How we're working to ensure a smooth failover
Once or twice a week, several teams, including Geo, Production, and Quality, get together to jump onto a video call and conduct a rehearsal of the failover in our staging environment.
Like the production event, the rehearsal takes place from Azure across to GCP. We timebox this event, and carefully monitor how long each phase takes, looking to cut time off wherever possible. The failover currently takes two hours, including quality assurance of the failover environment.
This involves four steps:
- A preflight checklist,
- The main failover procedure,
- The test plan to verify that everything is working, and
- The failback procedure, used to undo the changes so that the staging environment is ready for the next failover rehearsal.
Since these documents are stored as issue templates on GitLab, we can use them to create issues on each successive failover attempt.
As we run through each rehearsal, new bugs, edge-cases and issues are discovered. We track these issues in the GitLab Migration tracker. Any changes to the failover procedure are then made as merge requests into the issue templates.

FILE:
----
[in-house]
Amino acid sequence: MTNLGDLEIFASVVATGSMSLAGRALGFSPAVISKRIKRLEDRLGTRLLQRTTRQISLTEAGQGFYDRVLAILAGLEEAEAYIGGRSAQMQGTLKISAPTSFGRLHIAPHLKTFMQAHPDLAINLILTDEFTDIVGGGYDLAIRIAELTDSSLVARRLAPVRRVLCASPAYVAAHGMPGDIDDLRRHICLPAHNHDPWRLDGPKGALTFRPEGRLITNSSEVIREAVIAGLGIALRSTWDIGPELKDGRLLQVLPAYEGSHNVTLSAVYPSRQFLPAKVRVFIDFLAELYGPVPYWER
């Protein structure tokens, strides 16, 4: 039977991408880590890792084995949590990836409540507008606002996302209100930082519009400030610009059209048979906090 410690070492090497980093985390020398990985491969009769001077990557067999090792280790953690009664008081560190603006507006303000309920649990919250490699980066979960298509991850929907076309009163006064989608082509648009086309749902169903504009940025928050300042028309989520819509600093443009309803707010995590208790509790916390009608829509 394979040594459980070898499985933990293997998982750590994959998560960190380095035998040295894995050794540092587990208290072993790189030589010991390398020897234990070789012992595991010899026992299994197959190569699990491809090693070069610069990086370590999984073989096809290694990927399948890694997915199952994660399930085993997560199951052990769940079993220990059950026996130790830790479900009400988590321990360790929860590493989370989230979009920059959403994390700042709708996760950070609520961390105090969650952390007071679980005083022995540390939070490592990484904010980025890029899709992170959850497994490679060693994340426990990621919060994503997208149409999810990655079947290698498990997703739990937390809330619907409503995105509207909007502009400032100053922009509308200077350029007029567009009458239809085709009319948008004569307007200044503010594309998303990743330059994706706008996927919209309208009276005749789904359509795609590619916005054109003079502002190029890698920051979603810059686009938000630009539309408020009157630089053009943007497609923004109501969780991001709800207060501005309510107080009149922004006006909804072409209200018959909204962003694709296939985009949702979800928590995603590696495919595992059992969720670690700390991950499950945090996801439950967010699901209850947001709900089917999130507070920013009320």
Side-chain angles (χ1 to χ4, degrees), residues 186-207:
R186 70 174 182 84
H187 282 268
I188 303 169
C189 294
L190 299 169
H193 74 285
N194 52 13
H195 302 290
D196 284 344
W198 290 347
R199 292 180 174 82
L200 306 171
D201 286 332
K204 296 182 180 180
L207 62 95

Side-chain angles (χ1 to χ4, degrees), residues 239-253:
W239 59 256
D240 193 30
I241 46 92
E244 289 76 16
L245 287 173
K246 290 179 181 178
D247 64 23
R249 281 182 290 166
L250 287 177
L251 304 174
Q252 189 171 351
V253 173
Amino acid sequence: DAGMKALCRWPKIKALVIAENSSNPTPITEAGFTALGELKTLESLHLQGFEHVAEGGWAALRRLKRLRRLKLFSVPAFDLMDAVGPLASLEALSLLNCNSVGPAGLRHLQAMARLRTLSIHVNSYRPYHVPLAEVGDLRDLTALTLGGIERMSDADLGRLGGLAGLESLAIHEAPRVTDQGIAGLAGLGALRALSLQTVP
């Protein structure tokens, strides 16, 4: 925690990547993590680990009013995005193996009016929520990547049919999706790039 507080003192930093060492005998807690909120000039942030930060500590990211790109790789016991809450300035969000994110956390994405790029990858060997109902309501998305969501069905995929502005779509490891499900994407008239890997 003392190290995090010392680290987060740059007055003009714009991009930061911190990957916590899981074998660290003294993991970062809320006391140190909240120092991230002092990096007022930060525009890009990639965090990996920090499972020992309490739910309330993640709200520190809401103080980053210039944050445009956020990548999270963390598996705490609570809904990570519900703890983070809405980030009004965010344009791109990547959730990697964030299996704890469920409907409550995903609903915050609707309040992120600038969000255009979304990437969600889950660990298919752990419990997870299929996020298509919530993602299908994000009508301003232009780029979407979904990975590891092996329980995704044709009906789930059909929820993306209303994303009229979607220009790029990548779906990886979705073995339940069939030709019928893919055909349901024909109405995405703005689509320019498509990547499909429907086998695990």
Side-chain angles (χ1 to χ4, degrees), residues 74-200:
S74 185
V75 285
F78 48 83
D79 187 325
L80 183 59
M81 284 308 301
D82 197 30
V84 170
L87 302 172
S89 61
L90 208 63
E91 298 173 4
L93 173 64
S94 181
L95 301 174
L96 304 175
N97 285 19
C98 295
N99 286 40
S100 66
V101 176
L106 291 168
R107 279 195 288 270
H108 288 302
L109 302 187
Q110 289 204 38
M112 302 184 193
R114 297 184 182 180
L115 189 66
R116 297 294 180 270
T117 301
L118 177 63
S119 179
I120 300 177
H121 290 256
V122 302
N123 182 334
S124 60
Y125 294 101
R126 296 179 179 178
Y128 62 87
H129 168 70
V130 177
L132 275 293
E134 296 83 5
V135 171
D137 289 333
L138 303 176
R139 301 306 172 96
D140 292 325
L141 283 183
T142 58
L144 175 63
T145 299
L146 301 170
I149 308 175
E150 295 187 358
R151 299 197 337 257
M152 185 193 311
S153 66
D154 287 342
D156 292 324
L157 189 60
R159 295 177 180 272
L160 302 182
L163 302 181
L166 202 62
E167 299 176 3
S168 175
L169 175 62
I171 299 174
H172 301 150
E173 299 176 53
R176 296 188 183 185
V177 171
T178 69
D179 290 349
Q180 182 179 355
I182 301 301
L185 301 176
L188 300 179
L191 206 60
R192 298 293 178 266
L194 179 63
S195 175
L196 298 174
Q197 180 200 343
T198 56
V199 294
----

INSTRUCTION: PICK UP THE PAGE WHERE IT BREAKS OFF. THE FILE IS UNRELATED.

This process allows us to iterate rapidly on the failover procedure, improving the failover documentation and helping the team build confidence in the procedure.
When will the migration take place?
Our absolute top priority for the failover is to ensure that we protect the integrity of our users' data. We will only conduct the failover once we are completely satisfied that all serious issues have been ironed out, that there is no risk of data loss, and that our new environment on Google Cloud Platform is ready for production workloads.
The failover is currently scheduled for Saturday, July 28, 2018. We will follow this post up shortly with further information on the event and will provide plenty of advance notice.
“We're moving @gitlab from Azure to @GCPcloud” – Andrew Newdigate